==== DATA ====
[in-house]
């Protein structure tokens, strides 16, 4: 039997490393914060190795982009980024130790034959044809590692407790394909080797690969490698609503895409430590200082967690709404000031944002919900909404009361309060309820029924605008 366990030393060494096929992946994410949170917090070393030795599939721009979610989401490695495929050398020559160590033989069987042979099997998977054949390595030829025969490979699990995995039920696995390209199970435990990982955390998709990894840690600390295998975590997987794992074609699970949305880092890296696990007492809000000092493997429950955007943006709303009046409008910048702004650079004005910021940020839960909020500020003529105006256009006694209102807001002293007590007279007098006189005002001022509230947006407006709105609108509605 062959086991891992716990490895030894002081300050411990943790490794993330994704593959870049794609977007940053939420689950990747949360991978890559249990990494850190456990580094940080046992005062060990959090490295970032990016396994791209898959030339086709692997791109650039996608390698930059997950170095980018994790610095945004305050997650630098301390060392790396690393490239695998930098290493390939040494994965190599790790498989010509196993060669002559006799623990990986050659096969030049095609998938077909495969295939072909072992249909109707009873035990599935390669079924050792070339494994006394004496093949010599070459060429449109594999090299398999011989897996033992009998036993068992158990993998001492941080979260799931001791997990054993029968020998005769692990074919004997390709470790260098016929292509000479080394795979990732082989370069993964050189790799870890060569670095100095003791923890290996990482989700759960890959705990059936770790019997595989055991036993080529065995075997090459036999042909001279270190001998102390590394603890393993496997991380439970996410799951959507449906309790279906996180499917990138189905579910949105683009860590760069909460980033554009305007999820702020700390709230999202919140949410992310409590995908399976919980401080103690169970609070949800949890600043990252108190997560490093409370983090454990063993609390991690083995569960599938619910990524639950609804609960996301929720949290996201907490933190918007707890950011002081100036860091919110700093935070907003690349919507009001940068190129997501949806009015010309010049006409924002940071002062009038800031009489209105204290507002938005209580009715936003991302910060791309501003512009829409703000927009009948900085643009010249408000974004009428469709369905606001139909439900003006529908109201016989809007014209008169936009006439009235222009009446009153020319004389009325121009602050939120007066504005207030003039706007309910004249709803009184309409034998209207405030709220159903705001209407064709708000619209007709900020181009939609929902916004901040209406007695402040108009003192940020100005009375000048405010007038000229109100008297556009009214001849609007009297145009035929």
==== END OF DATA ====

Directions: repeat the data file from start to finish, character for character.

[in-house]
């Protein structure tokens, strides 16, 4: 039997490393914060190795982009980024130790034959044809590692407790394909080797690969490698609503895409430590200082967690709404000031944002919900909404009361309060309820029924605008 366990030393060494096929992946994410949170917090070393030795599939721009979610989401490695495929050398020559160590033989069987042979099997998977054949390595030829025969490979699990995995039920696995390209199970435990990982955390998709990894840690600390295998975590997987794992074609699970949305880092890296696990007492809000000092493997429950955007943006709303009046409008910048702004650079004005910021940020839960909020500020003529105006256009006694209102807001002293007590007279007098006189005002001022509230947006407006709105609108509605 062959086991891992716990490895030894002081300050411990943790490794993330994704593959870049794609977007940053939420689950990747949360991978890559249990990494850190456990580094940080046992005062060990959090490295970032990016396994791209898959030339086709692997791109650039996608390698930059997950170095980018994790610095945004305050997650630098301390060392790396690393490239695998930098290493390939040494994965190599790790498989010509196993060669002559006799623990990986050659096969030049095609998938077909495969295939072909072992249909109707009873035990599935390669079924050792070339494994006394004496093949010599070459060429449109594999090299398999011989897996033992009998036993068992158990993998001492941080979260799931001791997990054993029968020998005769692990074919004997390709470790260098016929292509000479080394795979990732082989370069993964050189790799870890060569670095100095003791923890290996990482989700759960890959705990059936770790019997595989055991036993080529065995075997090459036999042909001279270190001998102390590394603890393993496997991380439970996410799951959507449906309790279906996180499917990138189905579910949105683009860590760069909460980033554009305007999820702020700390709230999202919140949410992310409590995908399976919980401080103690169970609070949800949890600043990252108190997560490093409370983090454990063993609390991690083995569960599938619910990524639950609804609960996301929720949290996201907490933190918007707890950011002081100036860091919110700093935070907003690349919507009001940068190129997501949806009015010309010049006409924002940071002062009038800031009489209105204290507002938005209580009715936003991302910060791309501003512009829409703000927009009948900085643009010249408000974004009428469709369905606001139909439900003006529908109201016989809007014209008169936009006439009235222009009446009153020319004389009325121009602050939120007066504005207030003039706007309910004249709803009184309409034998209207405030709220159903705001209407064709708000619209007709900020181009939609929902916004901040209406007695402040108009003192940020100005009375000048405010007038000229109100008297556009009214001849609007009297145009035929």